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Handbook of Medical Law and Ethics for Nurses

Handbook of Medical Law and Ethics for Nurses

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In an increasingly legalised healthcare environment, this new handbook provides an essential guide to nursing professionalism in the context of the law.

With a professional career undertaking various healthcare-related roles, the author is both a mental health and general nurse who takes the reader through the workings of the legal system and how nurses can apply the law in an ethical and principled way. The handbook helps the reader to consider complex issues such as biomedical ethics, human rights, negligence and the importance of confidentiality, and provides guidance on decision making when faced with legal or ethical dilemmas.

Easy to understand and peppered with numerous practical examples throughout, the Handbook of Medical Law and Ethics for Nurses will support development of the essential legal awareness needed by undergraduate and post-graduate nurses alike.

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152 x 229
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  • Introduction to the Law - background to the Law, how it has evolved, the current UK legal framework

    Professionalism - fundamental concept crucial to the protection of the public and individual patients, particularly when they are vulnerable children or adults. It is essential that nurses understand professionalism in the context of the law, standards and boundaries. This chapter explains how nurses are accountable and answerable for their actions by elements of criminal, civil and contract law. Professional regulation is then discussed in the context of protecting the public from nurses whose fitness to practice is called into question.

    Equality and Human Rights - understanding the rights, dignity and freedoms of others and recognize the health needs of the diverse cultures that make up population in the West. Explains how the law promotes equality and human rights in the health service and explains how nurses must not discriminate on the grounds of race or disability.

    Consent to treatment - nursing care may be delivered in an intimate hands on way and nurses need to understand the need for real consent within this context. The chapter also discusses how the Mental Capacity Act protects vulnerable adults and young persons by regulating how decisions can be made on their behalf. The chapter looks at when it is lawful to withhold treatment and the duty to provide end of life care.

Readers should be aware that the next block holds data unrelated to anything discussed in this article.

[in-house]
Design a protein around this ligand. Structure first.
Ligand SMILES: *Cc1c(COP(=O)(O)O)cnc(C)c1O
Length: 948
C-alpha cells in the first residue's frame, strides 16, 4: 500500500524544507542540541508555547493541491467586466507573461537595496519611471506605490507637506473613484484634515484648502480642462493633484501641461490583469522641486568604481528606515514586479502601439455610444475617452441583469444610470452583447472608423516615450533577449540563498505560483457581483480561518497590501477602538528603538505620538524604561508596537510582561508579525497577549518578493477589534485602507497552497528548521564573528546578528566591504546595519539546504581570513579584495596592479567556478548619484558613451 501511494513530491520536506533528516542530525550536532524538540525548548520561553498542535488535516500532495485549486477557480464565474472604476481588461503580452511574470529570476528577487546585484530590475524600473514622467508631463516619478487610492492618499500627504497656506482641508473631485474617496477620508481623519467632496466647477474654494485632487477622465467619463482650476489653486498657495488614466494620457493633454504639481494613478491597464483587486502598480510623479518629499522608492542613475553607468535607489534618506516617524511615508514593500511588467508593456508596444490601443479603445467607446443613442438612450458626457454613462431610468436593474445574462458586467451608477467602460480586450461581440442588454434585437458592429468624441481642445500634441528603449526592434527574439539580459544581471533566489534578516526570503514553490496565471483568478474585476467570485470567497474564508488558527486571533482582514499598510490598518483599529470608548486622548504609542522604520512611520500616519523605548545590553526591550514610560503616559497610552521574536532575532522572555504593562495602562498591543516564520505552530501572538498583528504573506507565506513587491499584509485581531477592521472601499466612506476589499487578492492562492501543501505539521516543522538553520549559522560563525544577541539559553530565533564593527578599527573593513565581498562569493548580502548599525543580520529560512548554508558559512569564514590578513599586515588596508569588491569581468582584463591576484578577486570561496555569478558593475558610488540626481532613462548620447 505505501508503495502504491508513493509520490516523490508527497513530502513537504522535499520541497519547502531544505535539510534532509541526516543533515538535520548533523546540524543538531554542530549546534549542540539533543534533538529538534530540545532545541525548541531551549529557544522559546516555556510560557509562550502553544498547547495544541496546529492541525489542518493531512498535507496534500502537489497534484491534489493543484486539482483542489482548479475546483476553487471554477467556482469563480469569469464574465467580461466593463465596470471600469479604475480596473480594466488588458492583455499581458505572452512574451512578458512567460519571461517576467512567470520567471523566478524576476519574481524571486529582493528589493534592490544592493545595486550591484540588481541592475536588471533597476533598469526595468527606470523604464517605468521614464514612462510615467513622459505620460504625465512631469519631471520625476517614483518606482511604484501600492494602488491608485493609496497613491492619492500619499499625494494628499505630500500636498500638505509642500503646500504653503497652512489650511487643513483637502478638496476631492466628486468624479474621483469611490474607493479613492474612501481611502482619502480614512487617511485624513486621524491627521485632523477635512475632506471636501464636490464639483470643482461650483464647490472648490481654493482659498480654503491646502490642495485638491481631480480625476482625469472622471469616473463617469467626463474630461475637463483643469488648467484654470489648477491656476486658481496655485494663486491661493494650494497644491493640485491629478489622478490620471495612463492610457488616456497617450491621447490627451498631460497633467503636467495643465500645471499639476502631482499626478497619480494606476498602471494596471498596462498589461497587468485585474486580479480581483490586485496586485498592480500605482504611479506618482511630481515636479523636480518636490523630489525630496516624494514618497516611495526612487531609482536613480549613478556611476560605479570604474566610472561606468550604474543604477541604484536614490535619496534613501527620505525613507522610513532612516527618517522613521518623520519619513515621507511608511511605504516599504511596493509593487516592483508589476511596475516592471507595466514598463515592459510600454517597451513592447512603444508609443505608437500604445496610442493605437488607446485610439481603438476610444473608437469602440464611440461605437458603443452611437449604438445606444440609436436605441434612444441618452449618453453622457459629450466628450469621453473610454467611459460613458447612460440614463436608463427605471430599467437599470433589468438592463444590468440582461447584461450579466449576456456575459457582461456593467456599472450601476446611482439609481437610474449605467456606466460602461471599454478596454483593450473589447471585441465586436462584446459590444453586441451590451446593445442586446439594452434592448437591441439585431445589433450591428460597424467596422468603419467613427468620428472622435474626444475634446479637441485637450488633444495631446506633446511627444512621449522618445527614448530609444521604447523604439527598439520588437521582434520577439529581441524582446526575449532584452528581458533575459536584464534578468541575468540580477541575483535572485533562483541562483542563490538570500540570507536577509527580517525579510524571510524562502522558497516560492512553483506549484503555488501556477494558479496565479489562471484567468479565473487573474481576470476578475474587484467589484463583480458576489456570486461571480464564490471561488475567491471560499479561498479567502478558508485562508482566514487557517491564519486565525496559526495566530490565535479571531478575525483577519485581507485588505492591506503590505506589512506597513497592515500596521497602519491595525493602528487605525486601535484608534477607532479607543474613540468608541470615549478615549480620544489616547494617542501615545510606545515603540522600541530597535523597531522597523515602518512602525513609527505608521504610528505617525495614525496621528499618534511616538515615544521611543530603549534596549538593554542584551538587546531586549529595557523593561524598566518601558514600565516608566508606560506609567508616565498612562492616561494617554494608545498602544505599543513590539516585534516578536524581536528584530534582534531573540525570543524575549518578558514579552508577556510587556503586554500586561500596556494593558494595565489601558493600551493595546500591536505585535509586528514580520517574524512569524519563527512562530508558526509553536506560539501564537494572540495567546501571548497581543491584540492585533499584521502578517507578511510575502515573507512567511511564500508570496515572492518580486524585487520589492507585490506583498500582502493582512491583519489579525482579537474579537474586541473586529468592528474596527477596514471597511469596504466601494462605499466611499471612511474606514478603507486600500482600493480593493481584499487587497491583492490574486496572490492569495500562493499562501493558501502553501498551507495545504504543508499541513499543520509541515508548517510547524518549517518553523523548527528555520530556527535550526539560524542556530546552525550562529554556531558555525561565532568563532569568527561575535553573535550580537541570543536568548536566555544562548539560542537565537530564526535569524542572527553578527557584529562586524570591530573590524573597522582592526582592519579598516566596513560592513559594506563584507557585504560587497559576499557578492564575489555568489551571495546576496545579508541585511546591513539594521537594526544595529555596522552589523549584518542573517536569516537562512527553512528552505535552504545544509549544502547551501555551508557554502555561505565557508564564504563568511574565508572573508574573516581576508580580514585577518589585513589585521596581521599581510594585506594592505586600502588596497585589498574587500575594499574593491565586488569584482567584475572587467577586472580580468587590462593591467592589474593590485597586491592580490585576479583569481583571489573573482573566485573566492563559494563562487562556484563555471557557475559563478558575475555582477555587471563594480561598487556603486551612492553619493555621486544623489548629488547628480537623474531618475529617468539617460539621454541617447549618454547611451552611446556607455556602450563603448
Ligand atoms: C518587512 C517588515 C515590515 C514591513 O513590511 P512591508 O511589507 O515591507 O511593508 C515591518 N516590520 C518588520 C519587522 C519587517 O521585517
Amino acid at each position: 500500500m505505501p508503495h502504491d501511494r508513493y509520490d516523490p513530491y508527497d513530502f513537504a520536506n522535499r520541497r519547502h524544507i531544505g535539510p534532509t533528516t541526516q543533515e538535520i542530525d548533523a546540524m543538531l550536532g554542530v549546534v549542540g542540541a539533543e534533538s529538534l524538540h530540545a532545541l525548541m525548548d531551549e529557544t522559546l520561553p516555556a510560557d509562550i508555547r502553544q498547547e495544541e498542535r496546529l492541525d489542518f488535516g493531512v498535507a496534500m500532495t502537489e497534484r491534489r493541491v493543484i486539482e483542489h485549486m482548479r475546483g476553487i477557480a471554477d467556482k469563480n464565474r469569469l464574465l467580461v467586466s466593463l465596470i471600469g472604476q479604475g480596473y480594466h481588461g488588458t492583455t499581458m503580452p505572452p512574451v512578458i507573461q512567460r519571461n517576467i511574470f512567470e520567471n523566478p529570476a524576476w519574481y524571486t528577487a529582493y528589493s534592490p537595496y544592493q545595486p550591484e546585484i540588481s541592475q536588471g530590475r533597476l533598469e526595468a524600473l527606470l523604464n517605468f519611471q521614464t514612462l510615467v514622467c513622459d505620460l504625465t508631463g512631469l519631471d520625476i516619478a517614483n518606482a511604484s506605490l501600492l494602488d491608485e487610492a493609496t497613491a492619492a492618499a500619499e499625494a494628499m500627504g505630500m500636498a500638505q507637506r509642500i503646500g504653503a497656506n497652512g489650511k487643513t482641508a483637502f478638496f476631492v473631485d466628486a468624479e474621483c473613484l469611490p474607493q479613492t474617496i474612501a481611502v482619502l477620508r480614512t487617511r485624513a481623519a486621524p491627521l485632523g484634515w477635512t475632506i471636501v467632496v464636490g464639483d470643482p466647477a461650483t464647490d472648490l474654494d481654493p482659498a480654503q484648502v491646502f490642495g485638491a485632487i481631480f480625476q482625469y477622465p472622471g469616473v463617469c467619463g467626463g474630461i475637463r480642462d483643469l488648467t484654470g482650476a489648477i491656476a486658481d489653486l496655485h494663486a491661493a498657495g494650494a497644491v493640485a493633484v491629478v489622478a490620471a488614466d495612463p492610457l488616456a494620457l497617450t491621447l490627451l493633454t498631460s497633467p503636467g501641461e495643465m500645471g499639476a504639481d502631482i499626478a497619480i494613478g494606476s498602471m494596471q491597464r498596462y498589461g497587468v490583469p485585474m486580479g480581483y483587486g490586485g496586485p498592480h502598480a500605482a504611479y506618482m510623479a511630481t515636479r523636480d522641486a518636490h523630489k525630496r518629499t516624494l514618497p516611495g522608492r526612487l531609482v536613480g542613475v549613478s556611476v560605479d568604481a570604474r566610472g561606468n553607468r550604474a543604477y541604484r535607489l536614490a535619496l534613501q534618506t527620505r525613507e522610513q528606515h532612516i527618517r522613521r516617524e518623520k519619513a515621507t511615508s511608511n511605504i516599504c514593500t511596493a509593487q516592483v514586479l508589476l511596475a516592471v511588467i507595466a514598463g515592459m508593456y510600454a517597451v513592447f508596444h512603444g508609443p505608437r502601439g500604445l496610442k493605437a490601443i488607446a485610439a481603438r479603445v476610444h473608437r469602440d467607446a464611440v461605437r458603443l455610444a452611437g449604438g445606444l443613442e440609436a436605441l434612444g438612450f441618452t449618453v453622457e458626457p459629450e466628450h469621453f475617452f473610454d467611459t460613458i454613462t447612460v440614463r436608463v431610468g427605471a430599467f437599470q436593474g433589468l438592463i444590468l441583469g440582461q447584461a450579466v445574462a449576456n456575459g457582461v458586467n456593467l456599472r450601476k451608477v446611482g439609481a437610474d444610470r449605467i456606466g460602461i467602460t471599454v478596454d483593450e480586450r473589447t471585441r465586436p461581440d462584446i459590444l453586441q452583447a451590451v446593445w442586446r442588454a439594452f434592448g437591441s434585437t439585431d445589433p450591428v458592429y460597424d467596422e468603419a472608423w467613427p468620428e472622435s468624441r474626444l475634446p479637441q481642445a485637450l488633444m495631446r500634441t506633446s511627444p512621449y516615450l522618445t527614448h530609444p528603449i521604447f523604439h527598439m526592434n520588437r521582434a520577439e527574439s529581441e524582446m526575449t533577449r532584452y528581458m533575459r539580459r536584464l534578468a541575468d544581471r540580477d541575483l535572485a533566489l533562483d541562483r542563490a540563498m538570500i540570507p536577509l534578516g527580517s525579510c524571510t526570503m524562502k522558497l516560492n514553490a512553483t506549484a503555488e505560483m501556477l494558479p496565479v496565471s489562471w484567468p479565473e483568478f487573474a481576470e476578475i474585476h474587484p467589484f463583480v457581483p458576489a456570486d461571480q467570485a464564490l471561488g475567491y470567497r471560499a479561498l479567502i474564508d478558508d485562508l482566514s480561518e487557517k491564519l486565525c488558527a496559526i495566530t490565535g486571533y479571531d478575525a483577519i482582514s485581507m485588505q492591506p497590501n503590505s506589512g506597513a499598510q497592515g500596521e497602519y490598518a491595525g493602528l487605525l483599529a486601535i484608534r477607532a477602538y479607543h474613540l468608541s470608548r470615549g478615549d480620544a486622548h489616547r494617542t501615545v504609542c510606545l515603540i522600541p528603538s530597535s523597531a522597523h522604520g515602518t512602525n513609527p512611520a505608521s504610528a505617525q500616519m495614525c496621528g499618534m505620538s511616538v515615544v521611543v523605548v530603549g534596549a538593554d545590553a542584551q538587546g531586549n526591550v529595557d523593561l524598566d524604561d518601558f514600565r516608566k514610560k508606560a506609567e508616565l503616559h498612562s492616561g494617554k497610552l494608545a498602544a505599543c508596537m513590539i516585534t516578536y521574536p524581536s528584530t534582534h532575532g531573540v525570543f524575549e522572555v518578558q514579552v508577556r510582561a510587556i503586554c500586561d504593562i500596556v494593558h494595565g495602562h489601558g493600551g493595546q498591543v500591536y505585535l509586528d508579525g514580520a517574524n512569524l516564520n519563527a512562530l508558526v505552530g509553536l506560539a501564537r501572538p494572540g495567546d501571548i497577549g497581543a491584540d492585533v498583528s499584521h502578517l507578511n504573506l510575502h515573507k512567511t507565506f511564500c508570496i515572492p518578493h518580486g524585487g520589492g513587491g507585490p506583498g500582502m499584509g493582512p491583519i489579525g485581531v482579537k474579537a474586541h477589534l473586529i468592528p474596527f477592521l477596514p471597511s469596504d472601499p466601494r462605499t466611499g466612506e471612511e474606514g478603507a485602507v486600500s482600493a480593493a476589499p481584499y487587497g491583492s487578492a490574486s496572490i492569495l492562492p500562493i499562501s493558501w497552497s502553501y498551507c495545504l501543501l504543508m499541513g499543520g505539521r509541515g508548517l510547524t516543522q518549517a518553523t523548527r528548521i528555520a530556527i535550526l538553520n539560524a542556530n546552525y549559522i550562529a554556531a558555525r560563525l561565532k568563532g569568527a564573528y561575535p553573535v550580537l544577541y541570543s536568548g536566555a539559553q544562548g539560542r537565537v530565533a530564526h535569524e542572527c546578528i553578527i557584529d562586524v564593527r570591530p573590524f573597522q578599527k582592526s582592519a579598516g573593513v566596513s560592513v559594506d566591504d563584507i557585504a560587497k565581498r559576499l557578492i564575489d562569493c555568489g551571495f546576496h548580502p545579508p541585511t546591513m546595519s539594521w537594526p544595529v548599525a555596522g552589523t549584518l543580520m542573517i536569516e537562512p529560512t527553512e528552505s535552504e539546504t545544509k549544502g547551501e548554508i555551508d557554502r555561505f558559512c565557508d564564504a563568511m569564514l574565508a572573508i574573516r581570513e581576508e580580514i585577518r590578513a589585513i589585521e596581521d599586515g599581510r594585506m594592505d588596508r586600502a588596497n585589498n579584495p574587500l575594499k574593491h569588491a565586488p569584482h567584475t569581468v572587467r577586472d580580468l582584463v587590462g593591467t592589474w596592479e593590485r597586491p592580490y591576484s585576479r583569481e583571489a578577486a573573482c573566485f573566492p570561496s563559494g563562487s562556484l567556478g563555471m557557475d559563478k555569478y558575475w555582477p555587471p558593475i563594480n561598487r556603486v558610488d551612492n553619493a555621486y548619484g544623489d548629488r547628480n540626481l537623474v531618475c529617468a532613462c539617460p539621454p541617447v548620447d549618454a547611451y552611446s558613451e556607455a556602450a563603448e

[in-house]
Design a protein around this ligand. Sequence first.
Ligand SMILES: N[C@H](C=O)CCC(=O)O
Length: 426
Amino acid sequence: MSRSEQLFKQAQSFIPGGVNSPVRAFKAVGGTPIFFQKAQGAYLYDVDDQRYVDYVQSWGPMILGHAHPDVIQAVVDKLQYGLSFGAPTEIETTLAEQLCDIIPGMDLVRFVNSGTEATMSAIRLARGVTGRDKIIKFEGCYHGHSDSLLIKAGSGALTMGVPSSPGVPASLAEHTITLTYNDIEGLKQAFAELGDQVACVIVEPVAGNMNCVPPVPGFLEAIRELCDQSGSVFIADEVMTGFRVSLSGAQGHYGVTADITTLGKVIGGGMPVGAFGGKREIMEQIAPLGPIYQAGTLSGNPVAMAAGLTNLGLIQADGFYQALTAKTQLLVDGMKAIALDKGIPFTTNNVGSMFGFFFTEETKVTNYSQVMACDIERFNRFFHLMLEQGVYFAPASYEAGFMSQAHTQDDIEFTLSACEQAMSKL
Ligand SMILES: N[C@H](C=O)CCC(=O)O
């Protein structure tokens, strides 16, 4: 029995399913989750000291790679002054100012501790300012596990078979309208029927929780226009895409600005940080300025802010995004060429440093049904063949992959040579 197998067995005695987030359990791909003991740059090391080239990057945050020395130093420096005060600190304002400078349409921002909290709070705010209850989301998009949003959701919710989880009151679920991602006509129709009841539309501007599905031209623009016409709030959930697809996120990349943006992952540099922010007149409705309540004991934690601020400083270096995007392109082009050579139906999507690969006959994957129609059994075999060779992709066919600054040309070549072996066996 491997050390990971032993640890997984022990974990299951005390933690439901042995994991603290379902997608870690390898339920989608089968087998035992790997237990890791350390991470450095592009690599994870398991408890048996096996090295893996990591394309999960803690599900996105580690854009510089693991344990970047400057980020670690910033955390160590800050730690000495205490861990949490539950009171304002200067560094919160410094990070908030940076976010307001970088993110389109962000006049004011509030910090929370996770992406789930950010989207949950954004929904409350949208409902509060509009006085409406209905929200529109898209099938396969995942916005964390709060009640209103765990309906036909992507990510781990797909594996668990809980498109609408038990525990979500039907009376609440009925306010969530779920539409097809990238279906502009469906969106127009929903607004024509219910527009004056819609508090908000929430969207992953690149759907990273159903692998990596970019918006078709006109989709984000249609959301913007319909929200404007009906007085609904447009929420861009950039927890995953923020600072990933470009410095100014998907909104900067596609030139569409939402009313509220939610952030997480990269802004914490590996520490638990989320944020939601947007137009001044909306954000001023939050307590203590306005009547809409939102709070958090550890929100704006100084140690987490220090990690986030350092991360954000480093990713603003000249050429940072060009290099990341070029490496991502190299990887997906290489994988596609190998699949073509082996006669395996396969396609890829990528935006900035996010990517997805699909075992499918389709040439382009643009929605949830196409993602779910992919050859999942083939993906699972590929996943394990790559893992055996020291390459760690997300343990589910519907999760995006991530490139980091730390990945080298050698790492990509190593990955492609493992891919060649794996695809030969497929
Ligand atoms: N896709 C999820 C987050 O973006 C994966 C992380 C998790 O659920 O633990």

Mental health - the position of the patient with mental health problems is now regulated by a number of laws that seek to protect vulnerable children and adults. All branches of nursing need to understand and know how to apply this legislation.

    Vulnerable adults - how to identify vulnerable adults or children and take action if you think they are being abused or exploited.

    Consent and children - explains the differing requirements as the child passes through different developmental stages into adulthood.

    Safeguarding children - nurses have a role in the identification of children who are being abused or who are at risk of abuse. This chapter looks at the Childrens Act 1989 and 2004 and explains when to refer a child in need.

    Record Keeping - this chapter explains how records are kept to show that nurses have discharged their legal and professional duties.

    Confidentiality - while confidentiality is a key part of professional conduct it is not absolute. This chapter will explain when the duty of confidentiality can be overidden and information disclosed properly to another. Social media is included in this chapter.

    Health and Safety - the HSAWA 1974 is clearly explained in the context of keeping both staff, patients and the public safe.

    Table of Cases/Tables of Statutes and Statutory Instruments

    Introduction to Healthcare Ethics - the structured framework for ethical dilemmas, understand ethical theories and how to apply them, understand ethical principalism and how to apply it to healthcare

    History of Ethics in Healthcare - reasons for the emergence of bioethics in the mid-late 20th Century, recent doubt and mistrust between public and healthcare professionals

    Ethical Thinking - Obligations and Consequences. Problems and possibilities attached to these two theories of ethics.

    Healthcare Research - ethical implications for research

    Specific cases - rationing of healthcare resources, negligence, consent, confidentiality, contraception, abortion and pregnancy, reproduction, organ donation and ownership of bodyparts, death and dying, mental health, data and social media

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